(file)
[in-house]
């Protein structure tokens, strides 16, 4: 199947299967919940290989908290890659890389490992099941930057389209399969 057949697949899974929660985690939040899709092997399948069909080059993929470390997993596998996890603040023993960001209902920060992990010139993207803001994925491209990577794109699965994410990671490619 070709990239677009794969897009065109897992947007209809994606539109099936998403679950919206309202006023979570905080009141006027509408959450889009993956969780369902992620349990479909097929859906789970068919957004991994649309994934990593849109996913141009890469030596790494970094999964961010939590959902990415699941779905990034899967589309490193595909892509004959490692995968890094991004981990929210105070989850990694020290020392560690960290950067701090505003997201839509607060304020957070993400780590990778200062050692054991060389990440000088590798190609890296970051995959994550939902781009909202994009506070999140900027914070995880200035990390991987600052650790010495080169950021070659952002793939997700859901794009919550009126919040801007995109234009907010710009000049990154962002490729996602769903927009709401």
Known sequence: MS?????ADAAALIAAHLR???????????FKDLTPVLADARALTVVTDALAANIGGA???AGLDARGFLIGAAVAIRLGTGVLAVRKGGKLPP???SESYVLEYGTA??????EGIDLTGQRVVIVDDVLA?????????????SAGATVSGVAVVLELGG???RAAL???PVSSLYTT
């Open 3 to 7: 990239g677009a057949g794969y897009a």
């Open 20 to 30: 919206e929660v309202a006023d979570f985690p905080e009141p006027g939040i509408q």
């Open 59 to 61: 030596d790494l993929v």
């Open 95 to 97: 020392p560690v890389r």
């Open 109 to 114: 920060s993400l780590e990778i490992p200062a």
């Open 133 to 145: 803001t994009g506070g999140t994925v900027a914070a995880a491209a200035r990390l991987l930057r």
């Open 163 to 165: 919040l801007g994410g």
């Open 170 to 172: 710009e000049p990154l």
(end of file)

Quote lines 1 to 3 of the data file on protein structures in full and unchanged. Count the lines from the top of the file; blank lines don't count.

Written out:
[in-house]
């Protein structure tokens, strides 16, 4: 199947299967919940290989908290890659890389490992099941930057389209399969 057949697949899974929660985690939040899709092997399948069909080059993929470390997993596998996890603040023993960001209902920060992990010139993207803001994925491209990577794109699965994410990671490619 070709990239677009794969897009065109897992947007209809994606539109099936998403679950919206309202006023979570905080009141006027509408959450889009993956969780369902992620349990479909097929859906789970068919957004991994649309994934990593849109996913141009890469030596790494970094999964961010939590959902990415699941779905990034899967589309490193595909892509004959490692995968890094991004981990929210105070989850990694020290020392560690960290950067701090505003997201839509607060304020957070993400780590990778200062050692054991060389990440000088590798190609890296970051995959994550939902781009909202994009506070999140900027914070995880200035990390991987600052650790010495080169950021070659952002793939997700859901794009919550009126919040801007995109234009907010710009000049990154962002490729996602769903927009709401």
Known sequence: MS?????ADAAALIAAHLR???????????FKDLTPVLADARALTVVTDALAANIGGA???AGLDARGFLIGAAVAIRLGTGVLAVRKGGKLPP???SESYVLEYGTA??????EGIDLTGQRVVIVDDVLA?????????????SAGATVSGVAVVLELGG???RAAL???PVSSLYTT